Rather than arresting people for supplying cannabis, the Cook Islands should get on to a get out of debt idea and become the first Amsterdam of the Pacific!
The Cook Islands government should take the lead to legalise and control cannabis, to create jobs – for example planters/growers and retailers/coffee shops!
Tourism will increase 100-1000 per cent more times more throughout the year, bringing in hundreds of millions of much needed dollars to the Cook Islands! This will also bring back our people from living overseas to the opportunities of being part of this money-making adventure! Start off with a two for five-year trial and if financially successful...need I say more!
Education at school and for the locals will play a big part as only the negative side to cannabis is seen. Alcohol is a much greater problem than Mother Earth’s cannabis!
Editor’s note: We are told that back in the 1980s, there was a story in Playboy magazine, of all publications, about a Mangaian MP named Matepi Matepi who proposed that as the pineapple industry was waning, the Cook Islands should seriously look at cultivating cannabis as a revenue-earner.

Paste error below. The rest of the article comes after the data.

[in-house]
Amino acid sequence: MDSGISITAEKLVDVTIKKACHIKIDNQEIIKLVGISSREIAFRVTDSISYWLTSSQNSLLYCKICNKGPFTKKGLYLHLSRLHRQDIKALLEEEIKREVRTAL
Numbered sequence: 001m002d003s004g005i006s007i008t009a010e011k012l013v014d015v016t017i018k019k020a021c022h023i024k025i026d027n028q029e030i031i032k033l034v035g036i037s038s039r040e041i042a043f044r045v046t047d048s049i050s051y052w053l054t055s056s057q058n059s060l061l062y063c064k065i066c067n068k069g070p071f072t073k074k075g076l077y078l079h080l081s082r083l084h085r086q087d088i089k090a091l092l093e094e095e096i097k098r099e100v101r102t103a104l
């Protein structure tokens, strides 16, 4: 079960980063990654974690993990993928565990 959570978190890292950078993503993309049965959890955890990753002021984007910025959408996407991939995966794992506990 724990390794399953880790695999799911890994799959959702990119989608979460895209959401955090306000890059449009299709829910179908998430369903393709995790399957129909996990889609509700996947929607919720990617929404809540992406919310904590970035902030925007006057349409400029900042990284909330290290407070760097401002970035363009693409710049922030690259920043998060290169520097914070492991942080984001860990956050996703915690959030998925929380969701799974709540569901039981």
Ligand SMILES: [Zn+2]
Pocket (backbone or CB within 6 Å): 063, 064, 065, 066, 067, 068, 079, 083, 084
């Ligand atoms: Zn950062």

The story said the idea was tabled in parliament but was ridiculed by former prime minister Sir Geoffrey Henry when he was in opposition.
“It could be said that Matepi Matepi was ahead of his time,” a political commentator, who asked not to be named, says.
“The method and the speed that cannabis is being legalised in the US is quite remarkable. But in saying that they have built safety nets and done a tonne of community consultation around its introduction.
“It’s proving a major revenue earner for some of the towns in the north east of the US who have legalised it and according to the media, there was initially opposition to its introduction by certain councillors.
However, two years after its introduction the same councillors were interviewed and their position had reversed as a result of increased revenue going towards infrastructure, health care and education, with a fall in crime also noted.
“In this instance the government can’t be accused of being “kite kore”, as the practice (of using cannabis) is unlawful.
“There is a saying that the first movers get the biggest advantage, but the Cook Islands is a long way off from taking that path.”
CINews passed MacCauley’s letter on to the Cook Islands Police Service, Tourism Corporation chief executive Halatoa Fua, and finance minister Mark Brown for comment.
Nothing was heard from the latter two, but police spokesman Trevor Pitt said the service would not be engaging it what was essentially a policy debate about illicit drugs.
“That is a debate for those who make policy and the law. The public is entitled to put forward their views.
The police will continue to enforce the law to the extent that criminal activity is dealt with in the interests of the community.”